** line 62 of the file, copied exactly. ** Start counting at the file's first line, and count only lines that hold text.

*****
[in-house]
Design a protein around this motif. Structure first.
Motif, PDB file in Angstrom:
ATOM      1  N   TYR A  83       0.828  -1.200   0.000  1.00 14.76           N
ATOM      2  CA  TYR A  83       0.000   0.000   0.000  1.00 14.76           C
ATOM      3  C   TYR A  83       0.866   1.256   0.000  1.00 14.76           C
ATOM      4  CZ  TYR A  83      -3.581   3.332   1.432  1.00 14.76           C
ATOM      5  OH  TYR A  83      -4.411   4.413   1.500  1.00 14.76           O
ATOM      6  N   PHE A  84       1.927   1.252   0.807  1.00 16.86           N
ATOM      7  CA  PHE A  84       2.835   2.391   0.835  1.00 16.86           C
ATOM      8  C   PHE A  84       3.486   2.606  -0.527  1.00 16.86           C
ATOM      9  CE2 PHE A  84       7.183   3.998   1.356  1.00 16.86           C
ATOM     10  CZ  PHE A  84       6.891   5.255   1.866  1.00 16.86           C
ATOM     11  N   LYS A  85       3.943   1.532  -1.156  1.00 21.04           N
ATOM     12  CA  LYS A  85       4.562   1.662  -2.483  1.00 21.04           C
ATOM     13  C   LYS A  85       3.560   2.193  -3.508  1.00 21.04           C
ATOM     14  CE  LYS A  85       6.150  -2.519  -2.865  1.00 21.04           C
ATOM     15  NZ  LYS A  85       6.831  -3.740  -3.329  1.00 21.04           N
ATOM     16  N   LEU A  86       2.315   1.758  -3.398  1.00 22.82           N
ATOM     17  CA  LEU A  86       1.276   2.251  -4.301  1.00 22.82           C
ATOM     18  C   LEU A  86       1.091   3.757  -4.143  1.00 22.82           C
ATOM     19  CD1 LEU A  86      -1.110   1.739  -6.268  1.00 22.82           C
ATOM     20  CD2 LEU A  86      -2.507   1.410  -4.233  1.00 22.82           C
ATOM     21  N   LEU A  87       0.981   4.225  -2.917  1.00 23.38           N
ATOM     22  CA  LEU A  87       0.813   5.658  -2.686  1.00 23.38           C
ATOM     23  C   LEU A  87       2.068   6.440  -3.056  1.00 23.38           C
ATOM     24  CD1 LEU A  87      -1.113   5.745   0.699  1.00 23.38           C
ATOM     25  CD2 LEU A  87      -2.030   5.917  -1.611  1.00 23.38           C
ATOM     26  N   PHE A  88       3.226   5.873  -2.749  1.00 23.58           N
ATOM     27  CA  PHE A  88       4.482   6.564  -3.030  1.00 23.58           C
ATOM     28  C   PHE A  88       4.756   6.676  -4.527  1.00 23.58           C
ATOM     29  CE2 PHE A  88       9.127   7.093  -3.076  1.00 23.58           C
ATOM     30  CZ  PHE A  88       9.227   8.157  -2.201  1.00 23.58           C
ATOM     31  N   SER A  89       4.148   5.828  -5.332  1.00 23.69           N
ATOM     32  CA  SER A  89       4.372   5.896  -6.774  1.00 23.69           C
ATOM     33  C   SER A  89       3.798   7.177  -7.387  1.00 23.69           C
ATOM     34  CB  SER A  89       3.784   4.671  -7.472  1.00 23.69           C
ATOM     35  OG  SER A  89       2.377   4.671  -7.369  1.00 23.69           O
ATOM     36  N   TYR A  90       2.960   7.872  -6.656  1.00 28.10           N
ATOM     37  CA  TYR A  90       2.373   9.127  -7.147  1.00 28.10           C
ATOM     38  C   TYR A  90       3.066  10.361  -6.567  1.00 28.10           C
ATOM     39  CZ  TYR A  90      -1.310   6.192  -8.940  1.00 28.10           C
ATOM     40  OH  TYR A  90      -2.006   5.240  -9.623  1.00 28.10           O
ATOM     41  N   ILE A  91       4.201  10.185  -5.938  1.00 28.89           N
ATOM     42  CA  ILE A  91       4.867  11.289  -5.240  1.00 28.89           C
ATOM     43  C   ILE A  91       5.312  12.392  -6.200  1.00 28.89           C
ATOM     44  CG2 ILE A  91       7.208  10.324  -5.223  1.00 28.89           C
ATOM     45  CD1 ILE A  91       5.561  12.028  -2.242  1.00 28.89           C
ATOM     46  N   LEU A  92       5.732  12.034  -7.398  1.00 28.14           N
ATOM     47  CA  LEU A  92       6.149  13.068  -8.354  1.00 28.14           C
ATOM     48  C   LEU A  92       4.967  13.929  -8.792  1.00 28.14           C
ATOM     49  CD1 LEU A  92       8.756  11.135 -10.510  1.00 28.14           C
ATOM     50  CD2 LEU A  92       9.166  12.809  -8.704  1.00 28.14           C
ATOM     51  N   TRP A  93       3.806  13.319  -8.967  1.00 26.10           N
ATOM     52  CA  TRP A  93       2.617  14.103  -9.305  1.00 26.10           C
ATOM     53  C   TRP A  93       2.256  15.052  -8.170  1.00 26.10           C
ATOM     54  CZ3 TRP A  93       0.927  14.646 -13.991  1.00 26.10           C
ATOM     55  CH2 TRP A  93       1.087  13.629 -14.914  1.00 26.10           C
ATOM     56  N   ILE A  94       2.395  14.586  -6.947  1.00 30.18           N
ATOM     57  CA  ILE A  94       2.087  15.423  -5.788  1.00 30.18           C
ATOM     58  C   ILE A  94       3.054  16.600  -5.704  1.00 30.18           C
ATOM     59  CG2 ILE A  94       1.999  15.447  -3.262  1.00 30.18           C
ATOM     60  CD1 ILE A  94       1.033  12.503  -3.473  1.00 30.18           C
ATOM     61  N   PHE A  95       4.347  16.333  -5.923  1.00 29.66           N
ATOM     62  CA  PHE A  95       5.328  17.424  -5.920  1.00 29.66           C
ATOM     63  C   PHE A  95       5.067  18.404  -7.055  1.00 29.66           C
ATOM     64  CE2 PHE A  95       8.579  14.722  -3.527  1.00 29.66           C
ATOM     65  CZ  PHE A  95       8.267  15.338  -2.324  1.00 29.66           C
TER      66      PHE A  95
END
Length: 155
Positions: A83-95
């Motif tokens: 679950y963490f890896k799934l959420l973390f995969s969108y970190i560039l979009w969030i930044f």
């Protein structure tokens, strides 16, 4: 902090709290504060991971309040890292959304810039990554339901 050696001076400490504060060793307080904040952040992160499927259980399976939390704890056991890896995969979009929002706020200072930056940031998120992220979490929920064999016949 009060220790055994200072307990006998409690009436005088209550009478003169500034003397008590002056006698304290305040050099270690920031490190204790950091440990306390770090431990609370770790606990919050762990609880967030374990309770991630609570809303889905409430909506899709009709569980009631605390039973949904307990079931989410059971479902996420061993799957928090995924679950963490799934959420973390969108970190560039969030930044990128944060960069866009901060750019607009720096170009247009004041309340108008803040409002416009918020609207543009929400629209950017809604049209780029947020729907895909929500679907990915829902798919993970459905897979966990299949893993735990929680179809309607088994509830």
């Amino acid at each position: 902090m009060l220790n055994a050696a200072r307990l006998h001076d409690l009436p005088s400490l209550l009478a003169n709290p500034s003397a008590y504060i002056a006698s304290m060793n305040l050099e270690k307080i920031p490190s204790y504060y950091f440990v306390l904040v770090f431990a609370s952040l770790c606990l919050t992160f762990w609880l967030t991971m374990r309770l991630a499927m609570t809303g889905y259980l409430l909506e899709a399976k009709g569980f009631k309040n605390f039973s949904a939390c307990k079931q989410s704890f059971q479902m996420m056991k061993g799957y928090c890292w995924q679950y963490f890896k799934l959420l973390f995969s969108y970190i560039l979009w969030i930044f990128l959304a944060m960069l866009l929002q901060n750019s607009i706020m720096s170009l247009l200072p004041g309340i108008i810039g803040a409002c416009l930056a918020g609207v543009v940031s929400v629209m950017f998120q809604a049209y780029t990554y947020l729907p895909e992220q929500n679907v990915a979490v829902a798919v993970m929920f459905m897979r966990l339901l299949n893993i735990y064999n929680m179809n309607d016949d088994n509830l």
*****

ATOM     59  CG2 ILE A  94       1.999  15.447  -3.262  1.00 30.18           C